Last weekend we were involved in a Christmas tree collection event in our area along with some of the rest of the Project Nepal team. This was done last year very successfully to raise money for the World Jamboree that some of our Scouts and leaders went to so this year we took over.
In total we collected 600 trees over the weekend and raised around £2,500. So thank you very much to all the lovely people who donated (and especially the ones that gave us chocolate!). We collected trees all day Saturday and then spent Sunday with Phillip chipping them – another skill to add to my portfolio. We were all very sore on Monday as between us we shifted and lifted about 500 trees into the chipper but this event means that I am nearly halfway to my fundraising total!
Training weekend update – Jan 08
As part of the project we are learning some practical skills so that when we get to Nepal we can build with confidence (and hopefully with straighter walls than we have been doing so far!). We have had training weekends once a month since Sept at the local Scout camp site where we have been learning to do bricklaying and joinery. At the moment we are building some storage bays out of blocks with timber framing on the top. Below are some pics from this weekend of my handiwork and some of the team.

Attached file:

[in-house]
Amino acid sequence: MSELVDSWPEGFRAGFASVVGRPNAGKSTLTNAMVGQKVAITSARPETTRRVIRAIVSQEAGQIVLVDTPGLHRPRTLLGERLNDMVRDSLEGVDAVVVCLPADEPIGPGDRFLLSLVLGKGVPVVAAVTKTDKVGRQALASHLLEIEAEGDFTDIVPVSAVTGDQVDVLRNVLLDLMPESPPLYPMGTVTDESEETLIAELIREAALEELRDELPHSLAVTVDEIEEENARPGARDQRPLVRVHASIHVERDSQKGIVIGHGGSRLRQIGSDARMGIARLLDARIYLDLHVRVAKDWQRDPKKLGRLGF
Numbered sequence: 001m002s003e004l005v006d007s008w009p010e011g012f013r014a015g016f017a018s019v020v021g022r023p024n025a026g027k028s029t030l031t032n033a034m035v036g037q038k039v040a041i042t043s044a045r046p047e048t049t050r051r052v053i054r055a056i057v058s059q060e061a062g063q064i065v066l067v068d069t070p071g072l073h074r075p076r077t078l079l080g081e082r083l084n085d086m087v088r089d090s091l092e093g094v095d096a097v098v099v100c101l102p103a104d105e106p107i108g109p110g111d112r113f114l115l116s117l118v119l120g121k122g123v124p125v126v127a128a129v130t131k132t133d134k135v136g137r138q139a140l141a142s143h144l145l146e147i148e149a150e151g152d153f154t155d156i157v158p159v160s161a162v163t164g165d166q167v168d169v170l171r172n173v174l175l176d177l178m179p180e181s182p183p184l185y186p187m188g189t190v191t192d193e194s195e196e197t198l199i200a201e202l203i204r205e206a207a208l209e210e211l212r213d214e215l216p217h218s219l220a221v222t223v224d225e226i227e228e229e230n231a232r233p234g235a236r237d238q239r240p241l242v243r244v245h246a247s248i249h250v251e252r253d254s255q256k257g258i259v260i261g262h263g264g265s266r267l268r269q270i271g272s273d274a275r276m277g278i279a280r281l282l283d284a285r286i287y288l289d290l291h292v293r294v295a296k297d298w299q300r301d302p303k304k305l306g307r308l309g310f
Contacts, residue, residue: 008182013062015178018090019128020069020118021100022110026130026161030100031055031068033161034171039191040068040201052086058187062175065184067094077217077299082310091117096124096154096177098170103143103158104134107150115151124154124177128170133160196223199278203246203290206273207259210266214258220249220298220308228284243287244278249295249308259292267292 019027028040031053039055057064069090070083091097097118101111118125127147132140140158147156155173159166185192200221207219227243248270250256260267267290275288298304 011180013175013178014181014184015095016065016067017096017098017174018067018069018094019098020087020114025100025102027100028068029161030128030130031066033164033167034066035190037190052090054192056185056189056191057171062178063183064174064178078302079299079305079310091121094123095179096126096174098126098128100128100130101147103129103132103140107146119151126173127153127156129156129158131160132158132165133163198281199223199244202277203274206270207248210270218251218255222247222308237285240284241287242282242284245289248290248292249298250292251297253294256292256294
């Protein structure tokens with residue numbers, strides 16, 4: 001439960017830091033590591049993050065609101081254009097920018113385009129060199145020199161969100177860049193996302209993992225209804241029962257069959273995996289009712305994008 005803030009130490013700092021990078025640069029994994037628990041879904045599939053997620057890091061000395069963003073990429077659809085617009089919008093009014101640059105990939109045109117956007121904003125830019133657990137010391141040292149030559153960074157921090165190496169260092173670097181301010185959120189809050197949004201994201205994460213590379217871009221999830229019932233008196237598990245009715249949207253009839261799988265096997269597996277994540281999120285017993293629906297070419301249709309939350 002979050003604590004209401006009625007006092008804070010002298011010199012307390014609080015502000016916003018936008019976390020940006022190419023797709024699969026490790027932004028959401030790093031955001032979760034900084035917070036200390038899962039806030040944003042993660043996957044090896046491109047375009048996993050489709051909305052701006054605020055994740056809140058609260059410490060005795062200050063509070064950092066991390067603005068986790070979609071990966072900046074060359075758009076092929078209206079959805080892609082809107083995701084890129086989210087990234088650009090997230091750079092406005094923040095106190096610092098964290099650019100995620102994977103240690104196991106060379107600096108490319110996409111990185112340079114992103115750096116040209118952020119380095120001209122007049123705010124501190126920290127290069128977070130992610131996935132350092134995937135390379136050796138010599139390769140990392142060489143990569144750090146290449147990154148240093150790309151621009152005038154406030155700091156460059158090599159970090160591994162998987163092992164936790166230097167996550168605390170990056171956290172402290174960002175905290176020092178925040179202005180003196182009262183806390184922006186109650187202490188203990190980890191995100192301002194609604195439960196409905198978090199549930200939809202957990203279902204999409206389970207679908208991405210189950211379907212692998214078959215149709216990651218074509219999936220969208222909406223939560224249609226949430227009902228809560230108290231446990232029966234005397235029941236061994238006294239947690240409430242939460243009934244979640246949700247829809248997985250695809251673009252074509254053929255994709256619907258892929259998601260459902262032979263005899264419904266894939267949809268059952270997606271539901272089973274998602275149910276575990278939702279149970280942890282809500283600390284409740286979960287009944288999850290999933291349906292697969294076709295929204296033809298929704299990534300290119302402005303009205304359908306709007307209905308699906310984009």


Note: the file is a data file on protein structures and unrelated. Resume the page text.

I laid the bottom two courses (rows) of this wall.
Here are from left to right Philip and Graham (Project Leaders) in discussion with Bob and Roger about the finer points of the design – like why there are wonky bits and a 2 inch drop from one end of walling to the other! We are of course practising to build on the Nepali hillsides!
Here Tim and Liz demonstrate how their bit was fine – it was the other wall that was too low!
Graham, Garry and Philip try looking from further away to see if the gap is noticeable from there!
We had another fab weekend with only a bit of rain – not like the rest of this week so we have been very lucky. I also had a demonstration of how to make a mortise and tenon joint so am looking forward to a bit of chiselling on the next training weekend!
Graham, Philip , Julie and Kay went on a visit to the village in Nepal before Xmas to talk to the villagers about the build and they gave us a report back on Saturday. It was fantastic to see the actual site (and actual toilets!) that we will be going to and to hear specific details of the build. Everything is really coming together now and I am getting very excited about going. The facilities on the trek to the village and the catering sound excellent – I was expecting really basic food but it looks fabulous as do the views.